“When you learn your craft, you learn your confidence,” said Mawicke.

Just as an athlete refines his or her fundamentals through rigorous practice, Mawicke continued defining her craft. Most of her life she had to prove her capabilities on the tennis courts. Her mission was to ace every opportunity in order to reach the top and it was her competitive spirit that led the way.

She made it to Fox Sports Net and anchored for the Chicago, Bay Area and Ohio regions. She also hosted games for the Cubs, White Sox, Bulls and Blackhawks while serving as a correspondent for the Bears.

It took five years to get from being the reporter learning imperative career lessons while covering deer hunting season and fish derbies to being the sports reporter back in home court advantage at Chicago’s WBBM-TV.

One thing is certain: she loves her job. Except it’s not just her background as an educated athlete that helps her perform better. She credits being a mom to her two boys – Luke and Jack – as what makes her appreciate her job even more.

“If I’m going to be away from my kids, it better be for something I love, and it better be worthwhile,” Mawicke said.

With her role in the CBS newsroom, no two days are alike and her hours are set merely the night before an assignment. With her role as a mom, her hours at home mean having quality time with her boys.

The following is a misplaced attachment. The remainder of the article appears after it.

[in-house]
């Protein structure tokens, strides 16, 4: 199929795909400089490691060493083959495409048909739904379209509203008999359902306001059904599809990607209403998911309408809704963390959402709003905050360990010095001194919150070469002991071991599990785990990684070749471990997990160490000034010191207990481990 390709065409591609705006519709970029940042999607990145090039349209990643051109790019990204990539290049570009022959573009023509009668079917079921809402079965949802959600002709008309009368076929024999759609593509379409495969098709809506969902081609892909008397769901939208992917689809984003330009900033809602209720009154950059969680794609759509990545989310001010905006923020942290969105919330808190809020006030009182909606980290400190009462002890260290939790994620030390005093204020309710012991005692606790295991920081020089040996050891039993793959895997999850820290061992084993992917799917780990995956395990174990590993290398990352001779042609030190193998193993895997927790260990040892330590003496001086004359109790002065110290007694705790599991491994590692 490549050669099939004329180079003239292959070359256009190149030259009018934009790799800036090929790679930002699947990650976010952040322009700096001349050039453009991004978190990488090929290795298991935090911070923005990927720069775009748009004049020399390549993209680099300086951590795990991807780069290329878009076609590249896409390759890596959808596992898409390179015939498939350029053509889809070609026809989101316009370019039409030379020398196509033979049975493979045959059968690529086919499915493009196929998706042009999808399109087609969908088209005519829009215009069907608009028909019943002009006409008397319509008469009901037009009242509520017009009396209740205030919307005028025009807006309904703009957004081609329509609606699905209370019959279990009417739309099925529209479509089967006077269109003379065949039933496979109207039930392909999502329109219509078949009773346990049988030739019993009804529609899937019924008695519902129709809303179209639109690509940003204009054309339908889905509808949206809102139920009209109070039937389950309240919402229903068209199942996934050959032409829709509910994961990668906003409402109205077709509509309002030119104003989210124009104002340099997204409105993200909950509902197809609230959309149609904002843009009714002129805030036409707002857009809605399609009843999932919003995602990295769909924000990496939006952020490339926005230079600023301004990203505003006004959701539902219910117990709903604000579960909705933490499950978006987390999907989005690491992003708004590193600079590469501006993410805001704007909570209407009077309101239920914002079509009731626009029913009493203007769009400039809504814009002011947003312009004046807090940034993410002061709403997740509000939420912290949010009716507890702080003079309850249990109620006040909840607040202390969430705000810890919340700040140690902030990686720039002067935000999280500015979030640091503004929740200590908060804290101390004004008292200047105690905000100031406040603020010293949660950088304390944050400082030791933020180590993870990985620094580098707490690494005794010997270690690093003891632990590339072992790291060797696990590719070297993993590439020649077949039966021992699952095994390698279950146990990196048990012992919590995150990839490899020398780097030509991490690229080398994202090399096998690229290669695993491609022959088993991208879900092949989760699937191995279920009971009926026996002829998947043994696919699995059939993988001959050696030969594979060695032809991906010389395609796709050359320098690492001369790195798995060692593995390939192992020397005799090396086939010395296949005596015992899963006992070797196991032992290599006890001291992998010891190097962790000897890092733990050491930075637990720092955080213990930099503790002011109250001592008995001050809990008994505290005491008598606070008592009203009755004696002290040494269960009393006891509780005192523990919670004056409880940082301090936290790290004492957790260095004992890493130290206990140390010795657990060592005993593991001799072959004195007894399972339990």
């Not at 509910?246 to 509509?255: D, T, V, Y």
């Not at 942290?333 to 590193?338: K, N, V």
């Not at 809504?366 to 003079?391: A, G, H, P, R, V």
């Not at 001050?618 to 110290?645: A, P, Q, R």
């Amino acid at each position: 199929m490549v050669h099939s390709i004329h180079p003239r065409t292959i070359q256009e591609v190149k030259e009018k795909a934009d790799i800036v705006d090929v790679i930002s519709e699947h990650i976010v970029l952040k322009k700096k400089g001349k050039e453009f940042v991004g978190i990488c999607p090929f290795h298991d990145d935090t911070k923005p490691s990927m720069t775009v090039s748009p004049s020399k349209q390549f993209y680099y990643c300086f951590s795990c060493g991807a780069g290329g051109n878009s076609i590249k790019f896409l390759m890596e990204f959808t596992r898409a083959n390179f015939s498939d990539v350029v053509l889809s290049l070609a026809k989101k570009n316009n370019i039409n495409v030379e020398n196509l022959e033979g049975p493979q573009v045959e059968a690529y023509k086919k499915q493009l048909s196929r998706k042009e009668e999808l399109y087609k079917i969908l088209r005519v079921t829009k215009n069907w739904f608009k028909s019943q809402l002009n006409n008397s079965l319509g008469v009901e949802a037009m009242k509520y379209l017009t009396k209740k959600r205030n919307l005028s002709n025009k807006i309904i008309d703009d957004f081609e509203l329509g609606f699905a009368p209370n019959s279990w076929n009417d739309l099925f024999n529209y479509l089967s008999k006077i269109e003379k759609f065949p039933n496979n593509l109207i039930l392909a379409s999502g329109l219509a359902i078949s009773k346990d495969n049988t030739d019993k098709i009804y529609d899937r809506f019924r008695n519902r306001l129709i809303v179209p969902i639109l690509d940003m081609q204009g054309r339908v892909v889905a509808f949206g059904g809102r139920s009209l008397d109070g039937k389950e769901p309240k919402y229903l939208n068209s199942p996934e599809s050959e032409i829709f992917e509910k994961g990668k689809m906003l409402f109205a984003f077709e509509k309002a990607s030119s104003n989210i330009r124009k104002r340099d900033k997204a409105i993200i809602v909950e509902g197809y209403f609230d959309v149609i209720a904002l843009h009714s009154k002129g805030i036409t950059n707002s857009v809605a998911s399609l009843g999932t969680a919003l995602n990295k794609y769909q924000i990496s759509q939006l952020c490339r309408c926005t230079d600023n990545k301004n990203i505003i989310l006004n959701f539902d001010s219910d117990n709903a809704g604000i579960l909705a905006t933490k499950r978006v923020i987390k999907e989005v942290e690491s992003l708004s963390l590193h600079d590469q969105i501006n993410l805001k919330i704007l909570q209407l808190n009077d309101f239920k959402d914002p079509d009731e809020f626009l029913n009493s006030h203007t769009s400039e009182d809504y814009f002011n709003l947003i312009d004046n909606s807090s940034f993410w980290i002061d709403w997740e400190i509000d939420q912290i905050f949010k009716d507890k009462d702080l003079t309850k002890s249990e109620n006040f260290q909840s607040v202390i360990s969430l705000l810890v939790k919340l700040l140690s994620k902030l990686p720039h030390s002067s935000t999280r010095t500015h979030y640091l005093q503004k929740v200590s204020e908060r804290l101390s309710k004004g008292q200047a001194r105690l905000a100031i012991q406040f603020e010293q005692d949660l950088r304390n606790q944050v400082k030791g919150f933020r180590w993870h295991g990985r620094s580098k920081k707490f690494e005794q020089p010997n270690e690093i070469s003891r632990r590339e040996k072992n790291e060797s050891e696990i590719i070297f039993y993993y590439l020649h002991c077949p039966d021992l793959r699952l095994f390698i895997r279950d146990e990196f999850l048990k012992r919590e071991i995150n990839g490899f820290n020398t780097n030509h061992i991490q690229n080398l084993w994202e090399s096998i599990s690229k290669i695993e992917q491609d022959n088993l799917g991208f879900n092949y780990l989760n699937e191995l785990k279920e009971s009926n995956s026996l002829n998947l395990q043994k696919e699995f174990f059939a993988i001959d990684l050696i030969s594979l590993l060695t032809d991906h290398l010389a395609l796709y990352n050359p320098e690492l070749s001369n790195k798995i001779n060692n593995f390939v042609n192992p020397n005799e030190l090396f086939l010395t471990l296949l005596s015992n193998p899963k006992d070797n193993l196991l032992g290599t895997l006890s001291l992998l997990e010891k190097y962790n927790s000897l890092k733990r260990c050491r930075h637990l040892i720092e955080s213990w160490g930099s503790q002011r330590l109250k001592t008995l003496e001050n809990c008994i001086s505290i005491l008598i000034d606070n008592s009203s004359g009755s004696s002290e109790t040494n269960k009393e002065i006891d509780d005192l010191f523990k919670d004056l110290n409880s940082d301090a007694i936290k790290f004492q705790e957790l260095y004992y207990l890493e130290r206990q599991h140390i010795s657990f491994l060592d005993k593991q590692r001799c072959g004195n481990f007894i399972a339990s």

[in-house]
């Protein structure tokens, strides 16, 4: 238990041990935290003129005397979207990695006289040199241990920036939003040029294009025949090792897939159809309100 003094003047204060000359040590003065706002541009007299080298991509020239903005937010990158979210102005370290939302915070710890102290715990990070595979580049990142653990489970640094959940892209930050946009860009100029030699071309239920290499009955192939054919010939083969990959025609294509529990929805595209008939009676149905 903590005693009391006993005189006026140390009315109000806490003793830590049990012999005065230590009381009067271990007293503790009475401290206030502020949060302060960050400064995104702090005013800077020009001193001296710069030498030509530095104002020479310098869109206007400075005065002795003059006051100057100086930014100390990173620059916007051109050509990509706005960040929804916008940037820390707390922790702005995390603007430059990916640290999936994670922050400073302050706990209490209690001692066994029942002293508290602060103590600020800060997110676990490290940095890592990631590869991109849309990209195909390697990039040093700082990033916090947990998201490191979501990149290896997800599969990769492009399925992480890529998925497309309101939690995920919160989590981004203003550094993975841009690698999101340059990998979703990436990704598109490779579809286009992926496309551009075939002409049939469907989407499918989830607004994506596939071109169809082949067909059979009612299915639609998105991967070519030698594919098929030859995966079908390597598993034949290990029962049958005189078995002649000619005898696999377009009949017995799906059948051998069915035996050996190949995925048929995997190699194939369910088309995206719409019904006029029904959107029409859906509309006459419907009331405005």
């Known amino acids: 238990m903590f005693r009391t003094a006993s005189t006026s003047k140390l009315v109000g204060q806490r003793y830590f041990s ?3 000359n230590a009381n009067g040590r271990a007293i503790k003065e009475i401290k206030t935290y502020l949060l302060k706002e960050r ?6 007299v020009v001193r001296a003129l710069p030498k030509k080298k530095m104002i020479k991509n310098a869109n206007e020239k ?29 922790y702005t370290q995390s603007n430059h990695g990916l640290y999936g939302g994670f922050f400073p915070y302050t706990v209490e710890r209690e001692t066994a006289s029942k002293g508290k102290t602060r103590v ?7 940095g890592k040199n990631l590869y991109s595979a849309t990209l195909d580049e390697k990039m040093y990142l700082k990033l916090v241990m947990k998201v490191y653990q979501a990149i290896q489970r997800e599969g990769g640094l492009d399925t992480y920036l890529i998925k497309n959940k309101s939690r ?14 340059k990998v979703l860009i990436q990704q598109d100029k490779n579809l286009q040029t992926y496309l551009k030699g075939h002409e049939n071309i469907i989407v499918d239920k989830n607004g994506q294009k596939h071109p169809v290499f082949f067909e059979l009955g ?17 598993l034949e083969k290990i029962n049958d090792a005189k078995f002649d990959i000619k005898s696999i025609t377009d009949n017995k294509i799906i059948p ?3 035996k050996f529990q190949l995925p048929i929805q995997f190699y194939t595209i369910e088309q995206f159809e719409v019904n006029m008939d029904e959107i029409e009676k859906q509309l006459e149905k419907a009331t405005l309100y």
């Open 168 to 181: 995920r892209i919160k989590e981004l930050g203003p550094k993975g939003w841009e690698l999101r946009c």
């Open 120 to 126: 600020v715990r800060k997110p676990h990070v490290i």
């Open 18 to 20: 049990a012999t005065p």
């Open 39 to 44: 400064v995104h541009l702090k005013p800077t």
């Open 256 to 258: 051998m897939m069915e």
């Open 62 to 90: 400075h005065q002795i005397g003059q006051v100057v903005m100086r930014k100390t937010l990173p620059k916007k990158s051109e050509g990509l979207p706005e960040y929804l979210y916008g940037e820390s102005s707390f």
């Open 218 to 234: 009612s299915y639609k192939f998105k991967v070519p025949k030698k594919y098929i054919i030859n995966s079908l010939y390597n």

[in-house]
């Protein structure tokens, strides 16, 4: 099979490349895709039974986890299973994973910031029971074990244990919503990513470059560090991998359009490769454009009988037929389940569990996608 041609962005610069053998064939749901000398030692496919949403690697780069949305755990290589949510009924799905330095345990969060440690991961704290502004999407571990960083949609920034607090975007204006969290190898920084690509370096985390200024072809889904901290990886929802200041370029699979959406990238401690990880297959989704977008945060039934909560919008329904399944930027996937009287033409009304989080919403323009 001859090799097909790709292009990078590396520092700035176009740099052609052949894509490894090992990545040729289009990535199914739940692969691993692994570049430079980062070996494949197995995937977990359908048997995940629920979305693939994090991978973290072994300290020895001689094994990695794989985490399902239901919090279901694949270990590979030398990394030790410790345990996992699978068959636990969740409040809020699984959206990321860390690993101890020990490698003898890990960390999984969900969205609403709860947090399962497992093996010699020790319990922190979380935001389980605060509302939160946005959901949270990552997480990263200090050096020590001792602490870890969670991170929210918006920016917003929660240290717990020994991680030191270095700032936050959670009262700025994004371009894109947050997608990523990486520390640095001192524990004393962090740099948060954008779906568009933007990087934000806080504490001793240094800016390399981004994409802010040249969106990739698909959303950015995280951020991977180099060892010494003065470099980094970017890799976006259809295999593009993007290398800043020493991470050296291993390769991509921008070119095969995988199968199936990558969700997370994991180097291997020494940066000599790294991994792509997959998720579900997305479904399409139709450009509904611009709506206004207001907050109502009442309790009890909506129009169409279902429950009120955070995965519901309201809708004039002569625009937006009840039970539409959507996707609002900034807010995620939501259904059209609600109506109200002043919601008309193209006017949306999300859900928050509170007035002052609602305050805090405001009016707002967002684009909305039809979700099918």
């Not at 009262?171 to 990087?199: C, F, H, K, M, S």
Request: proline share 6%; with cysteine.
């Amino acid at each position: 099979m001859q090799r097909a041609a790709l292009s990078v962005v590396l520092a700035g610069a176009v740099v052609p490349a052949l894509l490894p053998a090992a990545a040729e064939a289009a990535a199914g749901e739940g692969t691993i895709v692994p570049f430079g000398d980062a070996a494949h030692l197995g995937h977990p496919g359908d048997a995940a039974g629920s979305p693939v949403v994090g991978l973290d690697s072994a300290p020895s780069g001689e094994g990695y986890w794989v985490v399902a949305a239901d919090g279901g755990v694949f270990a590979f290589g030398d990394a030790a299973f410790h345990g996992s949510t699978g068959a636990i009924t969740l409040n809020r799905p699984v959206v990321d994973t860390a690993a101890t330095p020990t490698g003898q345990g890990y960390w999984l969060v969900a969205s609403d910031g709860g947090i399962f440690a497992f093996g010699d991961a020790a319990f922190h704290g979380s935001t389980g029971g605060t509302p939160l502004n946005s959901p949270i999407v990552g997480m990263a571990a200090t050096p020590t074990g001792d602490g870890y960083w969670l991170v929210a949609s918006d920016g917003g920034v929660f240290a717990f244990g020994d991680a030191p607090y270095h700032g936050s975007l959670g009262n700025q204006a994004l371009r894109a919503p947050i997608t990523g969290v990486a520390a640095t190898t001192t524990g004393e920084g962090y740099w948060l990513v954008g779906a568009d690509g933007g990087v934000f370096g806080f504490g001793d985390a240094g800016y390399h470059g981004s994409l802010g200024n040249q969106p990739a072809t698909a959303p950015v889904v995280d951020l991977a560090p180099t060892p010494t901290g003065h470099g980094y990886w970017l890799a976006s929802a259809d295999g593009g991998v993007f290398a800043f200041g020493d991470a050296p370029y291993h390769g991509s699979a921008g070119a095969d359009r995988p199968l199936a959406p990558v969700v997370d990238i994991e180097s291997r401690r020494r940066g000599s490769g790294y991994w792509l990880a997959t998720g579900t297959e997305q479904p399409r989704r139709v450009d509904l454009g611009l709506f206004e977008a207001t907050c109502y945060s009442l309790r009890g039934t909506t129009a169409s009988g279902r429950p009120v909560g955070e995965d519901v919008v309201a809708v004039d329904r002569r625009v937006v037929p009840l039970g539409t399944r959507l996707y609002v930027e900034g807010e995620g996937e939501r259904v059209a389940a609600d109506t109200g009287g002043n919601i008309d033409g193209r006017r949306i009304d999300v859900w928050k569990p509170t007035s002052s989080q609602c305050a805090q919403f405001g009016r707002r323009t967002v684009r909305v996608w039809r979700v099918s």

“When I’m away from them, it makes me appreciate my time home with them even more,” Mawicke said.  “I am a better mom for working.”

Click 'Read More' for our Q & A with the CBS sports reporter!

Sunday, July 19, 2015

The Other Side of the Gallery: Conversations Around the Mike Brown Exhibit

"Angelitos Negros" by Eartha Kitt in 1950 plays in the background.

Walk past the glass windows of Gallery Guichard on the intersection of Martin Luther King Dr. and 47th St. in the South Side of Chicago and a peculiar art piece hangs from the ceiling: a shredded Confederate flag.

But stare closer and nine names are staring right back: Cynthia Hurd, Ethel Lance, Susie Jackson, Mira Thompson, Tywanza Sanders, Daniel Simmons, Rev. Sharonda Coleman-Singleton, Rev. Depayne Middleton and Rev. Clementa Pinckey.

The name of the nine victims who were shot in the basement of a South Carolina church during Bible study are plastered on the Confederate flag as part of a new exhibit entitled 'Confronting Truths: Wake Up!' by Ti-Rock Moore.

But what has caused a social media uproar is the piece recreating the crime scene of Michael Brown. 

A life-sized depiction of an unarmed young man who was shot by a Ferguson, Missouri police officer is the focal point upon entering the art gallery.